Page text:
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Care of the plant Salvia farinacea or Mealycup sage.

Care of the plant Salvia farinacea or Mealycup sage

The genus Salvia, family Lamiaceae, comprises 1,000 species of shrubs and herbaceous plants native to Asia, Africa, the Mediterranean region, and Central and South America. Some species are: Salvia farinacea, Salvia disermas, Salvia canariensis, Salvia aurea, Salvia apiana, Salvia africana, Salvia scabra, Salvia lanceolata, Salvia leucantha, Salvia guaranitica, Salvia namaensis, Salvia greggii, Salvia microphylla, Salvia mexicana, Salvia splendens, Salvia vaseyi, Salvia leucophylla, Salvia sclarea, Salvia mellifera, Salvia nemorosa, Salvia officinalisSalvia fruticosaSalvia elegans.

Common names: Mealycup sage, Mealy sage. This species is native to Mexico, Texas and Oklahoma.

They are herbaceous plants with hairy stems that reach 1 meter (3.28 feet) in height. The leaves are deep green in color and have a lanceolate shape with a serrated margin. They produce numerous blue flowers in terminal spikes that contrast with the foliage and are highly decorative. They bloom from spring to late summer.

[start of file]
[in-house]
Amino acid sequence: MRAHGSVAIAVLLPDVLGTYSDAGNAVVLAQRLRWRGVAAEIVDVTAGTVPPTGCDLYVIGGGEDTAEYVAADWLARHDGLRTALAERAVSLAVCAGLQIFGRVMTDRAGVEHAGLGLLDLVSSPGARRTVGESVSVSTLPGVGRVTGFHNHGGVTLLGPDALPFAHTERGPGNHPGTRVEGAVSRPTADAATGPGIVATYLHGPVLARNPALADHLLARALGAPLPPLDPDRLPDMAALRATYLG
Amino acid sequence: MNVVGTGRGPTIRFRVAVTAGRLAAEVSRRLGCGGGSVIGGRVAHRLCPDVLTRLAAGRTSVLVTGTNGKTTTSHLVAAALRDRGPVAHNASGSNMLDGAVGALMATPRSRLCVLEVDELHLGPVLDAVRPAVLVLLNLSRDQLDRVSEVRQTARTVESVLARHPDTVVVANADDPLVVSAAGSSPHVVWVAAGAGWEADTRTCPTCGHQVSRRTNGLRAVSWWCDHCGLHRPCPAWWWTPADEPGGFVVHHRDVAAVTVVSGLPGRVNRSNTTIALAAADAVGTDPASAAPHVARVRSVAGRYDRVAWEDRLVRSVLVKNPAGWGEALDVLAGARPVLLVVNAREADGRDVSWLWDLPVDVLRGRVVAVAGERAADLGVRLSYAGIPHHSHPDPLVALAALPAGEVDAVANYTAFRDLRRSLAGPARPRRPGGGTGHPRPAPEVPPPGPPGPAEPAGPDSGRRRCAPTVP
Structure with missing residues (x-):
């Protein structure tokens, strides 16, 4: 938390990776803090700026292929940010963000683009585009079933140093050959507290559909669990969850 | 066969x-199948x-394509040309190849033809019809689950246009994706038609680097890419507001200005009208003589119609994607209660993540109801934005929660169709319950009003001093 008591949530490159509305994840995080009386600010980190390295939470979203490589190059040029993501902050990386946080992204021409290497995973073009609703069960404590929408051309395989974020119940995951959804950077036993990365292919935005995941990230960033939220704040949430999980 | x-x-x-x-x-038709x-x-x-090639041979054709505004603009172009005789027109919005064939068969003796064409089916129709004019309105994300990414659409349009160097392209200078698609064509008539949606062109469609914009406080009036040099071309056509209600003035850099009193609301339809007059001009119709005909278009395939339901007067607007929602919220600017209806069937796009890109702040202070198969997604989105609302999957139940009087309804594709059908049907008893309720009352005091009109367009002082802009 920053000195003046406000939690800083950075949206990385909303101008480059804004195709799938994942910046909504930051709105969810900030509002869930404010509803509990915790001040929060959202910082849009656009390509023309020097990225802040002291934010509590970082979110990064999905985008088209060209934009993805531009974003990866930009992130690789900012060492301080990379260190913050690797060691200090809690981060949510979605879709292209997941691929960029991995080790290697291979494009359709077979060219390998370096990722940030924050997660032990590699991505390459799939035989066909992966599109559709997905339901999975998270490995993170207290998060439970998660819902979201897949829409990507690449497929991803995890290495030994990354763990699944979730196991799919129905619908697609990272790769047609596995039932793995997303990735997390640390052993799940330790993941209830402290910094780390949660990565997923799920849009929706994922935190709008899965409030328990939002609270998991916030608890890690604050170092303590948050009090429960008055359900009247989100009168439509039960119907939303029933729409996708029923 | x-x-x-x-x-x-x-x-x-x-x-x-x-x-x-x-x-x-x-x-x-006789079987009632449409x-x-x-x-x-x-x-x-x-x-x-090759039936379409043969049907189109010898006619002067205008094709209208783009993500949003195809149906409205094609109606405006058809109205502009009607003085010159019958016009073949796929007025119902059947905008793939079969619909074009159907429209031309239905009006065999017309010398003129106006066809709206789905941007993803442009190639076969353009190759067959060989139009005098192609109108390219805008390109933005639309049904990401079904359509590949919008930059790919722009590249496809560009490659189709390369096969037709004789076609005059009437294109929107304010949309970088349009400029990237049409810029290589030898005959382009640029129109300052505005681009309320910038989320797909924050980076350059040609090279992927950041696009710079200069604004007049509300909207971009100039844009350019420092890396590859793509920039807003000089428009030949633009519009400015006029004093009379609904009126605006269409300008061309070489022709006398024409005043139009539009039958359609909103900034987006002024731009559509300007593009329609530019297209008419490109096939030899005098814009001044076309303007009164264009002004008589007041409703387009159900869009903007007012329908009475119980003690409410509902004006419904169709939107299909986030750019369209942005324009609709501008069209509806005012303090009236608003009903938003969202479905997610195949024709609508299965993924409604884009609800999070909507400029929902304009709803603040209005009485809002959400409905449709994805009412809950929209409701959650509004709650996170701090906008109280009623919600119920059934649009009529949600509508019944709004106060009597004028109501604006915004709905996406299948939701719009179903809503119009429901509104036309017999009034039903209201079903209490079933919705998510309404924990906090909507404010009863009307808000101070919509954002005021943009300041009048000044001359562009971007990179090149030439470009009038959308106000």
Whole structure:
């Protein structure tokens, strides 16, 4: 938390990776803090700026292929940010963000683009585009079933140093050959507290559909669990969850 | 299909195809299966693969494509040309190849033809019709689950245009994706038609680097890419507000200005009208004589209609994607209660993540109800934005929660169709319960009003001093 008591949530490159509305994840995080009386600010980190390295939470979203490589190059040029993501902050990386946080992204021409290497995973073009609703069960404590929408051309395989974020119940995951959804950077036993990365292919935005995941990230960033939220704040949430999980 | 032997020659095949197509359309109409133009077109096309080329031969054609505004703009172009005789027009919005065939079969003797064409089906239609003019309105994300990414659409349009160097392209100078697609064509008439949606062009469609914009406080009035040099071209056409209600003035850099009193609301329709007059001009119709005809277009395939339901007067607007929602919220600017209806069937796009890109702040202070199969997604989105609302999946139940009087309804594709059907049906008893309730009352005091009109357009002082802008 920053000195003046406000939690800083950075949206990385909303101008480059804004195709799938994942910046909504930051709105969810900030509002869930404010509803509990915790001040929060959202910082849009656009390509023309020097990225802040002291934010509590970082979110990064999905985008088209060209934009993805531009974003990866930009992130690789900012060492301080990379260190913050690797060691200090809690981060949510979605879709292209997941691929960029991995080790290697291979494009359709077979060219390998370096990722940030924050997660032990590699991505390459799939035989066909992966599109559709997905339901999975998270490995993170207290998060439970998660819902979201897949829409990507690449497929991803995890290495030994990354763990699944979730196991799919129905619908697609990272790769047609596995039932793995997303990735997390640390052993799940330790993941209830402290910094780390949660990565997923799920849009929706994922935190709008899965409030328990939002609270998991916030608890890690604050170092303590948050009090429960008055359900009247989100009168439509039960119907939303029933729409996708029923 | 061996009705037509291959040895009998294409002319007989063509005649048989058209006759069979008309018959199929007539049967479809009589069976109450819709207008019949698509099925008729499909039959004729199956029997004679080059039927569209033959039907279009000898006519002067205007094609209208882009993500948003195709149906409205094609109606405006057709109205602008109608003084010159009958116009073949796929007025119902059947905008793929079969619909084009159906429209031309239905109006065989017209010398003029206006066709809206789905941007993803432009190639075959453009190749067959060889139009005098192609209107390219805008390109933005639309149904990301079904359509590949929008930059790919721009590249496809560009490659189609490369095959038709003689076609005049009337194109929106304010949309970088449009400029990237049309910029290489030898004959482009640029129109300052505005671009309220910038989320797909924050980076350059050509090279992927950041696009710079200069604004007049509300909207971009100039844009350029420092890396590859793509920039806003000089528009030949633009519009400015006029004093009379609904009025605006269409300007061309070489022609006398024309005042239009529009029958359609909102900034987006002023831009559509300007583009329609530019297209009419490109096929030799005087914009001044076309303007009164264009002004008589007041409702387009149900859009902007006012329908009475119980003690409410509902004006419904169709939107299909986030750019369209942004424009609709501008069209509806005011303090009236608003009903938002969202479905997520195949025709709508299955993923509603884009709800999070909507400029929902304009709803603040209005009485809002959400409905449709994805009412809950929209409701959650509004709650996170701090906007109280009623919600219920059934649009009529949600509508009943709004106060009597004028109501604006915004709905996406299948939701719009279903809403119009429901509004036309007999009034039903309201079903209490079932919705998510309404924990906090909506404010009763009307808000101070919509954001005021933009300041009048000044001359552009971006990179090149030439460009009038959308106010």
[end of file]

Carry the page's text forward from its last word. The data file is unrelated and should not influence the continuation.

They are used to form groups combined with plants with red or yellow flowers, for borders and in pots for terraces, patios and balconies.

Salvia farinacea needs full sun exposure and warm temperatures; they resist occasional frosts.

The soil must be light, well drained and contain organic matter; they also grow on poorer soils. Planting and transplanting are done in spring.

Water regularly, waiting for at least the surface of the substrate to dry.

Fertilize in early spring with a little humus, compost, or manure.

After flowering, prune withered flowers and dry leaves.

They are easy to grow plants that can suffer fungal diseases if there is excess watering.

They are propagated from seeds sown in spring or by cuttings. The specimens should be renewed every 2-3 years because they lose their appeal.

Images of the plant Salvia farinacea or Mealycup sage

Salvia farinacea
Salvia farinacea
Salvia farinacea